The other euro-zone finance ministers can not force Ireland ministers to accept the money. They are now hoping that Dublin will have a change of heart over the coming days. In a concession to the conservative Prime Minister Brian Cowen, they talked of preparing an emergency plan for the ailing Irish banks as an alternative to a bailout for the state. The Irish government has now a few days to make a decision, Juncker said.

The Irish government has set up a deposit guarantee scheme for six of the country's financial institutions, the most prominent being the nationalized Anglo Irish Bank. As a result, Ireland's deficit has temporarily ballooned to 32 percent of its gross domestic product -- over 10 times as much as allowed under the EU's Stability Pact.

A Continent Divided

The disagreement of the finance ministers illustrates just how far apart the euro-zone countries are in their positions on how to deal with the crisis:

  • Portugal, Greece and Spain accuse the Irish government of unsettling the financial markets with its obstinacy and driving up interest rates.
  • Together with Ireland, they accuse Germany of having caused the latest debt crisis through its insistence that private-sector creditors take their share of losses in future debt crises.
  • Germany in turn sees itself as the guardian of the long-term stability of the euro zone and wants to ensure that taxpayers are not left to foot the bill in future crises.
  • The ECB is insisting that Ireland should avail itself of the EU's stabilization fund, so that it can roll back its existing emergency support for the country. In October, the ECB made €130 billion in emergency loans available to the Irish banking system -- one-fifth of the total funds that the central bank currently has on loan to all euro-zone banks. Without this help, the Irish banking system would collapse. The ECB argues that the current situation is not sustainable in the long run.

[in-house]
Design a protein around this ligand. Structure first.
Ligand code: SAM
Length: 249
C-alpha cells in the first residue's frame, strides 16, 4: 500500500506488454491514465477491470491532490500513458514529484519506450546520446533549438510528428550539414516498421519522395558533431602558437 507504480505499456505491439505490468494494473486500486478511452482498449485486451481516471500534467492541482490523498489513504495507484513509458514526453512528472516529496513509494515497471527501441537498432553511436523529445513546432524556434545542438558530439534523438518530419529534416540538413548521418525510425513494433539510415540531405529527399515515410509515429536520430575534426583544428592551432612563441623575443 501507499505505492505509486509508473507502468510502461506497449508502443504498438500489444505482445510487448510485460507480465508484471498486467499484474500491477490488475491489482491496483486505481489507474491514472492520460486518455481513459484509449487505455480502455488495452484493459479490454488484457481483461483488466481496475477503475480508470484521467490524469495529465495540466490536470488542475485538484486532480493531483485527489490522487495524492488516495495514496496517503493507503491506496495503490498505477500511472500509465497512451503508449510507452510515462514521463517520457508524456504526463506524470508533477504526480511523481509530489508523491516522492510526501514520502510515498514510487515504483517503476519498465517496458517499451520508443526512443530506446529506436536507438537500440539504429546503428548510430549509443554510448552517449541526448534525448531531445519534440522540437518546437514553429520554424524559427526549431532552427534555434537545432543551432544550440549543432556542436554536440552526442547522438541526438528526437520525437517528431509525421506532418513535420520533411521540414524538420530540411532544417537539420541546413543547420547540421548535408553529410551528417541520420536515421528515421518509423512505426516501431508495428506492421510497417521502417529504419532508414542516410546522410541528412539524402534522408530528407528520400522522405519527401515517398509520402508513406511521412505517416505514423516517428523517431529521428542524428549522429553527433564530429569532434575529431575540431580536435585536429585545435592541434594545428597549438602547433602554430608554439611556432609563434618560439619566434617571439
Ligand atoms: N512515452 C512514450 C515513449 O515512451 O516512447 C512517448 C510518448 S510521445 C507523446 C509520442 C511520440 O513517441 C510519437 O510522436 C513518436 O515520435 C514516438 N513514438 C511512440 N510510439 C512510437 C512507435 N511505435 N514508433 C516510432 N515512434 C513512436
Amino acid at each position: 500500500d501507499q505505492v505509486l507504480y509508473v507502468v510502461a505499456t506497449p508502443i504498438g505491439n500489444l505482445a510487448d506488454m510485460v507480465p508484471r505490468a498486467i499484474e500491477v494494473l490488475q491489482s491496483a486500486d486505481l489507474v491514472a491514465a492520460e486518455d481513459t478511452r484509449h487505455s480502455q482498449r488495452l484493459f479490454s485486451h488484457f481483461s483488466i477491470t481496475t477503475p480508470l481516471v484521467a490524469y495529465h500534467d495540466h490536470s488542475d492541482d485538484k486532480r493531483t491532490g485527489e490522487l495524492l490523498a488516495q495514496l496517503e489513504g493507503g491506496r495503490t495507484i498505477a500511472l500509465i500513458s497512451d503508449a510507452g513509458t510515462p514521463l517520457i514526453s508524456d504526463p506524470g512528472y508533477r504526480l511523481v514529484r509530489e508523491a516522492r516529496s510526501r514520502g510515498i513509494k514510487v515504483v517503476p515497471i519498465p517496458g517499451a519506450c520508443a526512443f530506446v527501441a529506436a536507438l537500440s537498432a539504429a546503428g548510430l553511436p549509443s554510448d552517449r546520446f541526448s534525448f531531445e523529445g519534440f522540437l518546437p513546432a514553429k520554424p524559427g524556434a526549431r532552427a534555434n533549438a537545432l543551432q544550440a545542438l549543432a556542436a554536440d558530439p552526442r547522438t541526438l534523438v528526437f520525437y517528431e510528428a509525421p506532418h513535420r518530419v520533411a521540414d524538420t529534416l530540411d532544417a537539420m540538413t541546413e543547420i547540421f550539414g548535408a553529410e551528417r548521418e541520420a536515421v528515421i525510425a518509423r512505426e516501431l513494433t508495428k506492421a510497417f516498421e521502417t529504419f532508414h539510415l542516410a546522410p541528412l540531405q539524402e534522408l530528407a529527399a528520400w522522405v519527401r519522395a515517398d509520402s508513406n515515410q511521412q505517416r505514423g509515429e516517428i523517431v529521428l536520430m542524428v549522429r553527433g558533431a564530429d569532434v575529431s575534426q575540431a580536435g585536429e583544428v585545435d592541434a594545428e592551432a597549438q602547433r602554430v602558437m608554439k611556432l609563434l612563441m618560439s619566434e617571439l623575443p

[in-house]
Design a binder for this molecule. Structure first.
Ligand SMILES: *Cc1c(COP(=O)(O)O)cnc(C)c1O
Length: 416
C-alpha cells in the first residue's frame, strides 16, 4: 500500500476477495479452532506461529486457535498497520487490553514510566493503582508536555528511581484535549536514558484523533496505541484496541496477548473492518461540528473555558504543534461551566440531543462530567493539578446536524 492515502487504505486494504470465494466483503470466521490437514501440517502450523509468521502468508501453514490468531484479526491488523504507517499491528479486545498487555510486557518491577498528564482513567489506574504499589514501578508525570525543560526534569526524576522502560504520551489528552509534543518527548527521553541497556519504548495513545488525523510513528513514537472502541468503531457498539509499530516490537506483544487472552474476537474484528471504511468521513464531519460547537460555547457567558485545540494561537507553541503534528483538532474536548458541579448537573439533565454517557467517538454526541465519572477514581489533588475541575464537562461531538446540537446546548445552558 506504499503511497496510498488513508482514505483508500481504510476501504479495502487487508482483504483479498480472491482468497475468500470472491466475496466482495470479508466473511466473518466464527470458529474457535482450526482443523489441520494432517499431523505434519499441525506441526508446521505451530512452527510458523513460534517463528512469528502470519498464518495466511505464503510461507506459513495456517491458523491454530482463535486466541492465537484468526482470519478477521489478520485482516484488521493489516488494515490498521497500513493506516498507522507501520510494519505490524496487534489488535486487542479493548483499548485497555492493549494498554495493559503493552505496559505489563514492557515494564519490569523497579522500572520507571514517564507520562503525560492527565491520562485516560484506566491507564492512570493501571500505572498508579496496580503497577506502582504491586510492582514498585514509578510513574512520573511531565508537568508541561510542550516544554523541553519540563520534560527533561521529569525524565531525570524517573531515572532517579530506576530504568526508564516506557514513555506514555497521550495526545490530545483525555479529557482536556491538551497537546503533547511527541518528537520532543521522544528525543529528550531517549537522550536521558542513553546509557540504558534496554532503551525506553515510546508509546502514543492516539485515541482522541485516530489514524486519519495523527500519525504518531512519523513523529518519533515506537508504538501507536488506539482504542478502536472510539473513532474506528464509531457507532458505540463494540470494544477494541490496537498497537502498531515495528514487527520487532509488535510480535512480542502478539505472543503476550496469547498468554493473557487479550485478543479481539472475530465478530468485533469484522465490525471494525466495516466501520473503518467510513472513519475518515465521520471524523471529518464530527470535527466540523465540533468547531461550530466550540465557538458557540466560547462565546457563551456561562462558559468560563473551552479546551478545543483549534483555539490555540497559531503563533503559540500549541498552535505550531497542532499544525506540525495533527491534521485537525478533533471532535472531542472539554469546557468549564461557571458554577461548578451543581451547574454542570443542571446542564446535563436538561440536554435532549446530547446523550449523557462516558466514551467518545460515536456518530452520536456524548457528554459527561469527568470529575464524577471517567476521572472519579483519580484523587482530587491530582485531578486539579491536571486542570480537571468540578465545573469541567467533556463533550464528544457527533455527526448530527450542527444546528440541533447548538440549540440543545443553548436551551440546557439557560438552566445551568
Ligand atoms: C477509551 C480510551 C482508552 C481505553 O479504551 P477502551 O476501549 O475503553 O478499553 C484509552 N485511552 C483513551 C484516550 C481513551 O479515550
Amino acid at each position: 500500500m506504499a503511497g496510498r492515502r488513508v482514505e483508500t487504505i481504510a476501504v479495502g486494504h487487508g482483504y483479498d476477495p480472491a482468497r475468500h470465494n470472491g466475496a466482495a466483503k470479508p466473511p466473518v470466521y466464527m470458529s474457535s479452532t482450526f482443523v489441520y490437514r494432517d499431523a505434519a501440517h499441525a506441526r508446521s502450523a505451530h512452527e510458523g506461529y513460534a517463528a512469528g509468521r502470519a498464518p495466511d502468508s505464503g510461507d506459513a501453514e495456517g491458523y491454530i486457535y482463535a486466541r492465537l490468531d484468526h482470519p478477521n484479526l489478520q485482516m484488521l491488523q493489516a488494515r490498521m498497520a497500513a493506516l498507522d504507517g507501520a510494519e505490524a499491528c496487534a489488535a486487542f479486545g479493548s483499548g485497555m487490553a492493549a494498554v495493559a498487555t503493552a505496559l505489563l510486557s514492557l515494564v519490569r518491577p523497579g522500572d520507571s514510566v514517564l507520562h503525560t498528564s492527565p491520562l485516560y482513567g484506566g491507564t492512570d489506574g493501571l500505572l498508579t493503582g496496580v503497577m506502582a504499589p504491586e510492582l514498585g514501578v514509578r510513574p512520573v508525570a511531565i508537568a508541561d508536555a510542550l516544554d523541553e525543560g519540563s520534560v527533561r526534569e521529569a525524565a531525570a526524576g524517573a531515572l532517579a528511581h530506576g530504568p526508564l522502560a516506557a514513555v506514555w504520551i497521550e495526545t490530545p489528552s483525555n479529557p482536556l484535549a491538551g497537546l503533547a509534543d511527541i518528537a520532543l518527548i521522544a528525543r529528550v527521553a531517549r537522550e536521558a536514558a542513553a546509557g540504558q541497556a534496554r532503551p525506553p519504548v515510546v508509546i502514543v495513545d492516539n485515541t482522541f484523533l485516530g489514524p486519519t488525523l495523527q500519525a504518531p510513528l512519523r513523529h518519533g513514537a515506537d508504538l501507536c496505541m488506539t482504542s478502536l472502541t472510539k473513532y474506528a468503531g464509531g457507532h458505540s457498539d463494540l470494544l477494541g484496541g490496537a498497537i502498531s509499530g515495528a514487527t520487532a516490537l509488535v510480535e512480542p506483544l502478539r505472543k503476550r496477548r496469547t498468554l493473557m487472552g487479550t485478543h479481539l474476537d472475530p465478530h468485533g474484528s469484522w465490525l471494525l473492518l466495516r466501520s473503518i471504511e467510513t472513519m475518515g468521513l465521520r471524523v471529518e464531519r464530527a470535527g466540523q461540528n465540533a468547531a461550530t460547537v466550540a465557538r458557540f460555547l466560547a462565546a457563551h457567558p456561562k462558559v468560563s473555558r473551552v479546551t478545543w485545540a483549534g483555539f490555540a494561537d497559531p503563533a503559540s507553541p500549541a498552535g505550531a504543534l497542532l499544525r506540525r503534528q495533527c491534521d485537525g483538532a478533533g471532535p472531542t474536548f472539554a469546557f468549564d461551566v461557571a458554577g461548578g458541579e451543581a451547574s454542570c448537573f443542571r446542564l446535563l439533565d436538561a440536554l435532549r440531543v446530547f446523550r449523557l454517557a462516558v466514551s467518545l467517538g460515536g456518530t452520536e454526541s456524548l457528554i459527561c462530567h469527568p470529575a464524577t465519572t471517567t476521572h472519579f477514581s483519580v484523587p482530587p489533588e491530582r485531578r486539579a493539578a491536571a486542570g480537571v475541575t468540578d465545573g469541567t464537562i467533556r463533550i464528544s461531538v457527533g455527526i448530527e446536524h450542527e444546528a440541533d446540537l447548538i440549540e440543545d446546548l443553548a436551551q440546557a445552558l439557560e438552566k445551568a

High Hopes

The financial markets will hardly be impressed by the half-hearted assurances made by the euro-zone finance ministers. Besides, expectations for Tuesday's meeting had been ratcheted up too high over the past few days. As a precaution, several representatives of the euro zone made statements emphasizing that an aid package for Ireland would be available within days if a call came from Dublin.

The Irish government's resilience will be tested again in the coming days. Other European countries will try to entice it with promises. According to French Finance Minister Christine Lagarde, bilateral aid would be possible, involving Britain alongside the euro-zone countries. According to the Financial Times, the British government is considering providing assistance to the tune of several billion pounds.

So far, the Irish government has continued insisting that it will manage by itself. It is currently working on its four-year budgetary plan, which is expected to be presented next week. The plan is supposed to calm the markets. Many observers fear that hope will be in vain.

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BTraven 11/18/2010
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I do not understand why Trichet does not follow the example the FED has given with its announcement to buy back bonds given out by the government. It would spare the countries of which the banks thinks they are at risk of going bankrupt a lot of trouble. And it would help countries which provided the money to keep the so called PIGS alive too because they do need to resort to the taxpayer as well as it would keep the Euro on a low level which makes their goods competitive. I think the problem is that many believe such measures would cause inflation which is a red tag to Germans. The aftermaths of the famous inflation in the 20s are much deeper in the psycho of Germans than all the bad thinks they had to experience in WWII.